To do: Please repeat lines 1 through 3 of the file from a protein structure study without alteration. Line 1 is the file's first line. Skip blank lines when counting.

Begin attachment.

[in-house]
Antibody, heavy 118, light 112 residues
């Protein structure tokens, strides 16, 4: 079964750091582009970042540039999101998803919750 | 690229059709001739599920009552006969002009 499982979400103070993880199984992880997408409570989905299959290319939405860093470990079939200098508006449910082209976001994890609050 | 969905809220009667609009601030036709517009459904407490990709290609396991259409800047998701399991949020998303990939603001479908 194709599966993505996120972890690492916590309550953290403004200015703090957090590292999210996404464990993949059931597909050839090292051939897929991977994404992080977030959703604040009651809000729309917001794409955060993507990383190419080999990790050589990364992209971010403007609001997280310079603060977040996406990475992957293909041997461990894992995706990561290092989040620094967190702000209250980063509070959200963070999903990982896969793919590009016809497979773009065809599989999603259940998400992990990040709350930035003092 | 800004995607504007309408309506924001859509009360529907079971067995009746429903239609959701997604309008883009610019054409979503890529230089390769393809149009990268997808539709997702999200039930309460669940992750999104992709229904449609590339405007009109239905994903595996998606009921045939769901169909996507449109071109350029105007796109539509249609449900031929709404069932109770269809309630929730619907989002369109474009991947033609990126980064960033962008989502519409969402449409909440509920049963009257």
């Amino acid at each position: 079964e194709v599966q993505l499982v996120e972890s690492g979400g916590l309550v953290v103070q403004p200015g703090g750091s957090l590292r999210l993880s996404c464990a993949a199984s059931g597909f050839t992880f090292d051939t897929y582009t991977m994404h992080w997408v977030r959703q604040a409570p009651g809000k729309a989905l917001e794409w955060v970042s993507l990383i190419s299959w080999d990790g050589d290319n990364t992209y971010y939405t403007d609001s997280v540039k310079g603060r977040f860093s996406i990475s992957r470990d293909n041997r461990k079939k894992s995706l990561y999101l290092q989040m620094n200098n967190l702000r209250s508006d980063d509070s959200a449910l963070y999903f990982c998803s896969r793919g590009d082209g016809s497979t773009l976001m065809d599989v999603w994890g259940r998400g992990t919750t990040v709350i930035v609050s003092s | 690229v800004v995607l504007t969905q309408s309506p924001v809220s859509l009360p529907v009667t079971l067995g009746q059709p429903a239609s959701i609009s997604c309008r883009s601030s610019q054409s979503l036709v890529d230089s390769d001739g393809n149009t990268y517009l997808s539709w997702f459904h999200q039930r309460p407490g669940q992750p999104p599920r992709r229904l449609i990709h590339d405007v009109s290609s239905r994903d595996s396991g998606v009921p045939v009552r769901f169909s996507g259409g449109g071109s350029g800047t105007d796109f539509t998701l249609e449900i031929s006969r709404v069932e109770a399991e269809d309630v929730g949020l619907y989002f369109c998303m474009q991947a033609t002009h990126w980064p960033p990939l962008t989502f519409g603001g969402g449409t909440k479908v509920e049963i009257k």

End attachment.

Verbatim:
[in-house]
Antibody, heavy 118, light 112 residues
């Protein structure tokens, strides 16, 4: 079964750091582009970042540039999101998803919750 | 690229059709001739599920009552006969002009 499982979400103070993880199984992880997408409570989905299959290319939405860093470990079939200098508006449910082209976001994890609050 | 969905809220009667609009601030036709517009459904407490990709290609396991259409800047998701399991949020998303990939603001479908 194709599966993505996120972890690492916590309550953290403004200015703090957090590292999210996404464990993949059931597909050839090292051939897929991977994404992080977030959703604040009651809000729309917001794409955060993507990383190419080999990790050589990364992209971010403007609001997280310079603060977040996406990475992957293909041997461990894992995706990561290092989040620094967190702000209250980063509070959200963070999903990982896969793919590009016809497979773009065809599989999603259940998400992990990040709350930035003092 | 800004995607504007309408309506924001859509009360529907079971067995009746429903239609959701997604309008883009610019054409979503890529230089390769393809149009990268997808539709997702999200039930309460669940992750999104992709229904449609590339405007009109239905994903595996998606009921045939769901169909996507449109071109350029105007796109539509249609449900031929709404069932109770269809309630929730619907989002369109474009991947033609990126980064960033962008989502519409969402449409909440509920049963009257």